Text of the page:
ASAP aims to provide consultancy and professional advice of the highest quality, through the establishment of first-class work and product standards.

Research and Development

ASAP is committed to continuing research and development of its services, including its information and technical resources. In doing so, ASAP continually questions and redefines the nature of records, archival practice, and the relationship of both these to science.

Development of Expertise

ASAP is committed to maintaining a responsive and versatile work environment through a supportive and cooperative approach to its activities. Individual staff members are encouraged to work towards securing the future of the project while enhancing their own professional skills and developing new directions for themselves and the Project.

Work Areas


Archival and historical work on collections of records of individual scientists and of scientific, technical and medical societies. The need for such work provided the impetus for ASAP's inception. It remains one of ASAP's central activities and the basis for its contribution to documenting and preserving Australia's scientific and technological heritage.


Professional advice and project management in archives, records management and information services to science and technology based organisations. This generally takes the form of programme planning, provision of software, and advice and support for clients. An example of this type of project would be the Hazelwood Power Corporation archives and records management project.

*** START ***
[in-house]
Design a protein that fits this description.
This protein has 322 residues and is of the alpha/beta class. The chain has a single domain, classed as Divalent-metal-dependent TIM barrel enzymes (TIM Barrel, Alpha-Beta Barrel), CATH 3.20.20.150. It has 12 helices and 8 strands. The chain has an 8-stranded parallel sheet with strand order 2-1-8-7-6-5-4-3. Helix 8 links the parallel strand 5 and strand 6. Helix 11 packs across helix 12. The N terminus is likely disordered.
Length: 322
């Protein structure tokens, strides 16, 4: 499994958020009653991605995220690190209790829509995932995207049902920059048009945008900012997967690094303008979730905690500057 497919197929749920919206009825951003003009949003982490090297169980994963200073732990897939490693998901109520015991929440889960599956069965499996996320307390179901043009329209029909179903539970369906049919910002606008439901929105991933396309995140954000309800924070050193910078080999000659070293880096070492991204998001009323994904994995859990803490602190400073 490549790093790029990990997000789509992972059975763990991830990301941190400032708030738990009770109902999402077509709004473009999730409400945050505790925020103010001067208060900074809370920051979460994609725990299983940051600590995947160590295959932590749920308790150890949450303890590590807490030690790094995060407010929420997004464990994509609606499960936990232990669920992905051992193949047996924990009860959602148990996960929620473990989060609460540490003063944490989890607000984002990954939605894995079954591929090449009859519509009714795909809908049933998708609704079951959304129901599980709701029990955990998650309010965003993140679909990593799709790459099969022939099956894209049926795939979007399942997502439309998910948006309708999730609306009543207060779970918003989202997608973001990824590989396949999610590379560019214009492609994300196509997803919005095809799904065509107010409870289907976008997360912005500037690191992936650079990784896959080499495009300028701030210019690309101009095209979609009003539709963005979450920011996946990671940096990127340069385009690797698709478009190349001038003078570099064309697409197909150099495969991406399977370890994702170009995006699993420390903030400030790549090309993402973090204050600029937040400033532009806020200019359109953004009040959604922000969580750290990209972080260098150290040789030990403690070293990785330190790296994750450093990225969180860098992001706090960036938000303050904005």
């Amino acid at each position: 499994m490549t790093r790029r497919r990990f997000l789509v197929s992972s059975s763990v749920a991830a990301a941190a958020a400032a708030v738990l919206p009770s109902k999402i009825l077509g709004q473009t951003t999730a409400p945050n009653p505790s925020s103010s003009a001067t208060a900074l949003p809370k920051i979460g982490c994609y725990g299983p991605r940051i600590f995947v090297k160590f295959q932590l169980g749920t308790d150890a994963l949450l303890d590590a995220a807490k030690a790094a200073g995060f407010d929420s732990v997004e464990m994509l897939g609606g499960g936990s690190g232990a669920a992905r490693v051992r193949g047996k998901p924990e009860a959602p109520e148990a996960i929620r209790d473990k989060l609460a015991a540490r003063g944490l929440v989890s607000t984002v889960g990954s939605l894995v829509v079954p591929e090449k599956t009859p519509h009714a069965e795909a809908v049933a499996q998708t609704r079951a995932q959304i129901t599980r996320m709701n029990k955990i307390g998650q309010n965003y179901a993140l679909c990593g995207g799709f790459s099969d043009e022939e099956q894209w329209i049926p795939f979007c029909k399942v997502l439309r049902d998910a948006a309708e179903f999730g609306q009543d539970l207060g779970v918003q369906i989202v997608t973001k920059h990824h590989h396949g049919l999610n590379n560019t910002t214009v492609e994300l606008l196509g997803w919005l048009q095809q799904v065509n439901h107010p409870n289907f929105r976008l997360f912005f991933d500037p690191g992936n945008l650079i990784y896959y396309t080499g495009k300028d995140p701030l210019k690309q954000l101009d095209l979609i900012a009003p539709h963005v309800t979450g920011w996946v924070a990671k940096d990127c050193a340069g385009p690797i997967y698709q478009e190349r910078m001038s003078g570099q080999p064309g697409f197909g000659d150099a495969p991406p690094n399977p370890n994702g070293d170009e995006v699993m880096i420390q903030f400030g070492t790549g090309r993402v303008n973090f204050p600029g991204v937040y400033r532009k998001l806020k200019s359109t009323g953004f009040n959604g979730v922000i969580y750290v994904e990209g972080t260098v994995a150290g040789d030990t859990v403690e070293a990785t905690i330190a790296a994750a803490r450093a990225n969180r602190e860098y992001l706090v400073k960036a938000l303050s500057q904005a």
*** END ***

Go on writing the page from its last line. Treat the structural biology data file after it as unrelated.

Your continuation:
Contracted work incorporating project planning, management and implementation by ASAP professional staff for clients in the science and technology fields. Contracts are normally undertaken by ASAP in order to provide clients with methods of managing large backlogs of uncontrolled records, but may also include the construction of on-going records systems. Projects of this nature have been completed for Roche Pty Ltd, Morwell Mine and Southern Hydro, and ASAP continues to be engaged by Generation Victoria to manage its records.

Information Services

The provision of information about the history of Australian science and technology including the publication of the History of Australian Science Newsletter and the development of electronic resources on the Internet including the provision of electronic publishing services to clients such as the Australian Academy of Science, ANZAAS and the Australian Science Teachers Association.

Continuing Projects

Archival and records management services to scientific, technical and medical institutions on a continuing basis. ASAP is currently engaged by the Walter and Eliza Hall Institute for Medical Research and CSL Ltd Plasma Products Facility on this basis.

Research & Development

Continued research and development in the archival, history, and information resources areas, including the enhancement of Bright SPARCS, an on-line biographical database of Australian scientists, and education and outreach programmes to the scientific, school and general communities.

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Published by the Australian Science Archives Project on ASAPWeb, 10 January 1996
Prepared by: Lisa O'Sullivan
Updated by: Elissa Tenkate
Date modified: 25 February 1998